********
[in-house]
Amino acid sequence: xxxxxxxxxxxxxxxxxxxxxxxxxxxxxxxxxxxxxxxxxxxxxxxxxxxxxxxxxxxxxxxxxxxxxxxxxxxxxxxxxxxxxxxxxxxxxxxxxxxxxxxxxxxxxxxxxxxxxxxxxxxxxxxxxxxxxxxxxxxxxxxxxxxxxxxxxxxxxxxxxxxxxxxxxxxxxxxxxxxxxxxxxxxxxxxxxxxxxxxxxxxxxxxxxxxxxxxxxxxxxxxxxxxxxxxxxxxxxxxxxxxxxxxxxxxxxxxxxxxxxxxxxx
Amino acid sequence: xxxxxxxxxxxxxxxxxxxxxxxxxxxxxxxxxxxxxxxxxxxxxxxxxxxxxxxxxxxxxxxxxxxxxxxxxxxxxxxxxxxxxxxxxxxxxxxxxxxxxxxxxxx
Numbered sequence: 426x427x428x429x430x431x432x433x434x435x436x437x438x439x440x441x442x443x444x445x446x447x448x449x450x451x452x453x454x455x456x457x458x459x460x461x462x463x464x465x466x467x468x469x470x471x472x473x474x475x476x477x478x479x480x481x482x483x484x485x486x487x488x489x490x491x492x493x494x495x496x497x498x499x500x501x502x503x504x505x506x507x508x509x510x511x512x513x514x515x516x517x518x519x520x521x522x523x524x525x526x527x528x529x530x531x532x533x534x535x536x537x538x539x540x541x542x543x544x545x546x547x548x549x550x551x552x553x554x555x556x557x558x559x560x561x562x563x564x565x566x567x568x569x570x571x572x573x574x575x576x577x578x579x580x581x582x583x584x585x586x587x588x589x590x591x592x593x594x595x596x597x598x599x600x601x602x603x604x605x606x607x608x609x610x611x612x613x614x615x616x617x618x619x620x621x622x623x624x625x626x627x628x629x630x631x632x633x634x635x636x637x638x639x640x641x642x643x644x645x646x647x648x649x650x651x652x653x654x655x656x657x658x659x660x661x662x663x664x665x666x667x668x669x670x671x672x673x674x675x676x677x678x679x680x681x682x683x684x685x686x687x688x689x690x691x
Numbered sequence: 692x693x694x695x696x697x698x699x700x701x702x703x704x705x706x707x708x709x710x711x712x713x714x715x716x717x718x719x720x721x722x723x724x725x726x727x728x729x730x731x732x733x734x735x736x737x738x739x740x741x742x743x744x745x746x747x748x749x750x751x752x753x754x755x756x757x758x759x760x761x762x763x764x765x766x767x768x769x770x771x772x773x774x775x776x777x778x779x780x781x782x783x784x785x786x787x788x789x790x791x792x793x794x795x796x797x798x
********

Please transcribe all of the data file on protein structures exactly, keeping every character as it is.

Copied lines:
[in-house]
Amino acid sequence: xxxxxxxxxxxxxxxxxxxxxxxxxxxxxxxxxxxxxxxxxxxxxxxxxxxxxxxxxxxxxxxxxxxxxxxxxxxxxxxxxxxxxxxxxxxxxxxxxxxxxxxxxxxxxxxxxxxxxxxxxxxxxxxxxxxxxxxxxxxxxxxxxxxxxxxxxxxxxxxxxxxxxxxxxxxxxxxxxxxxxxxxxxxxxxxxxxxxxxxxxxxxxxxxxxxxxxxxxxxxxxxxxxxxxxxxxxxxxxxxxxxxxxxxxxxxxxxxxxxxxxxxxx
Amino acid sequence: xxxxxxxxxxxxxxxxxxxxxxxxxxxxxxxxxxxxxxxxxxxxxxxxxxxxxxxxxxxxxxxxxxxxxxxxxxxxxxxxxxxxxxxxxxxxxxxxxxxxxxxxxxx
Numbered sequence: 426x427x428x429x430x431x432x433x434x435x436x437x438x439x440x441x442x443x444x445x446x447x448x449x450x451x452x453x454x455x456x457x458x459x460x461x462x463x464x465x466x467x468x469x470x471x472x473x474x475x476x477x478x479x480x481x482x483x484x485x486x487x488x489x490x491x492x493x494x495x496x497x498x499x500x501x502x503x504x505x506x507x508x509x510x511x512x513x514x515x516x517x518x519x520x521x522x523x524x525x526x527x528x529x530x531x532x533x534x535x536x537x538x539x540x541x542x543x544x545x546x547x548x549x550x551x552x553x554x555x556x557x558x559x560x561x562x563x564x565x566x567x568x569x570x571x572x573x574x575x576x577x578x579x580x581x582x583x584x585x586x587x588x589x590x591x592x593x594x595x596x597x598x599x600x601x602x603x604x605x606x607x608x609x610x611x612x613x614x615x616x617x618x619x620x621x622x623x624x625x626x627x628x629x630x631x632x633x634x635x636x637x638x639x640x641x642x643x644x645x646x647x648x649x650x651x652x653x654x655x656x657x658x659x660x661x662x663x664x665x666x667x668x669x670x671x672x673x674x675x676x677x678x679x680x681x682x683x684x685x686x687x688x689x690x691x
Numbered sequence: 692x693x694x695x696x697x698x699x700x701x702x703x704x705x706x707x708x709x710x711x712x713x714x715x716x717x718x719x720x721x722x723x724x725x726x727x728x729x730x731x732x733x734x735x736x737x738x739x740x741x742x743x744x745x746x747x748x749x750x751x752x753x754x755x756x757x758x759x760x761x762x763x764x765x766x767x768x769x770x771x772x773x774x775x776x777x778x779x780x781x782x783x784x785x786x787x788x789x790x791x792x793x794x795x796x797x798x